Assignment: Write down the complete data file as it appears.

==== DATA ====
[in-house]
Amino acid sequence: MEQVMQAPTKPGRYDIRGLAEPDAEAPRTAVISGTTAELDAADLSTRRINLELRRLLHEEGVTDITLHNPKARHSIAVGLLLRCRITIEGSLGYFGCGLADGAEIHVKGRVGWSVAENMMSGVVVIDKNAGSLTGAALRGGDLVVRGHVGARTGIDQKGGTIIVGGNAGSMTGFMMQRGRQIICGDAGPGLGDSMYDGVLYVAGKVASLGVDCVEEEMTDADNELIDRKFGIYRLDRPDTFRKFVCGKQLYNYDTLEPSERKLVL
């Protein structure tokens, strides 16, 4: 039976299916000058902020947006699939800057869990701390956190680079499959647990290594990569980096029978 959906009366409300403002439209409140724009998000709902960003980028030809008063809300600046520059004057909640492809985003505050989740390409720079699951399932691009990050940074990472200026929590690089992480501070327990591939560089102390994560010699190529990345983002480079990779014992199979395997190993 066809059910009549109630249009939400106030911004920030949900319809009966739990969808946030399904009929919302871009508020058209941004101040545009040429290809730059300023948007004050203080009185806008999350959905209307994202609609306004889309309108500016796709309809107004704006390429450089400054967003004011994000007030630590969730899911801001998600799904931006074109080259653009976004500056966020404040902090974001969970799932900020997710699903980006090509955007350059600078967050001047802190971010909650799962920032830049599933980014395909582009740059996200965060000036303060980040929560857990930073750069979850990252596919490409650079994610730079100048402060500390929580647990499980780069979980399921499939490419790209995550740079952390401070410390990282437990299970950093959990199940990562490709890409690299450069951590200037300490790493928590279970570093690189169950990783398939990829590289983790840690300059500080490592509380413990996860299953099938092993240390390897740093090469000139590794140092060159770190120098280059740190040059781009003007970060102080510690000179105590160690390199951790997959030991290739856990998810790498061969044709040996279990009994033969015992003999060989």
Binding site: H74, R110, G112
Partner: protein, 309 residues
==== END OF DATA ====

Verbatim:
[in-house]
Amino acid sequence: MEQVMQAPTKPGRYDIRGLAEPDAEAPRTAVISGTTAELDAADLSTRRINLELRRLLHEEGVTDITLHNPKARHSIAVGLLLRCRITIEGSLGYFGCGLADGAEIHVKGRVGWSVAENMMSGVVVIDKNAGSLTGAALRGGDLVVRGHVGARTGIDQKGGTIIVGGNAGSMTGFMMQRGRQIICGDAGPGLGDSMYDGVLYVAGKVASLGVDCVEEEMTDADNELIDRKFGIYRLDRPDTFRKFVCGKQLYNYDTLEPSERKLVL
């Protein structure tokens, strides 16, 4: 039976299916000058902020947006699939800057869990701390956190680079499959647990290594990569980096029978 959906009366409300403002439209409140724009998000709902960003980028030809008063809300600046520059004057909640492809985003505050989740390409720079699951399932691009990050940074990472200026929590690089992480501070327990591939560089102390994560010699190529990345983002480079990779014992199979395997190993 066809059910009549109630249009939400106030911004920030949900319809009966739990969808946030399904009929919302871009508020058209941004101040545009040429290809730059300023948007004050203080009185806008999350959905209307994202609609306004889309309108500016796709309809107004704006390429450089400054967003004011994000007030630590969730899911801001998600799904931006074109080259653009976004500056966020404040902090974001969970799932900020997710699903980006090509955007350059600078967050001047802190971010909650799962920032830049599933980014395909582009740059996200965060000036303060980040929560857990930073750069979850990252596919490409650079994610730079100048402060500390929580647990499980780069979980399921499939490419790209995550740079952390401070410390990282437990299970950093959990199940990562490709890409690299450069951590200037300490790493928590279970570093690189169950990783398939990829590289983790840690300059500080490592509380413990996860299953099938092993240390390897740093090469000139590794140092060159770190120098280059740190040059781009003007970060102080510690000179105590160690390199951790997959030991290739856990998810790498061969044709040996279990009994033969015992003999060989």
Binding site: H74, R110, G112
Partner: protein, 309 residues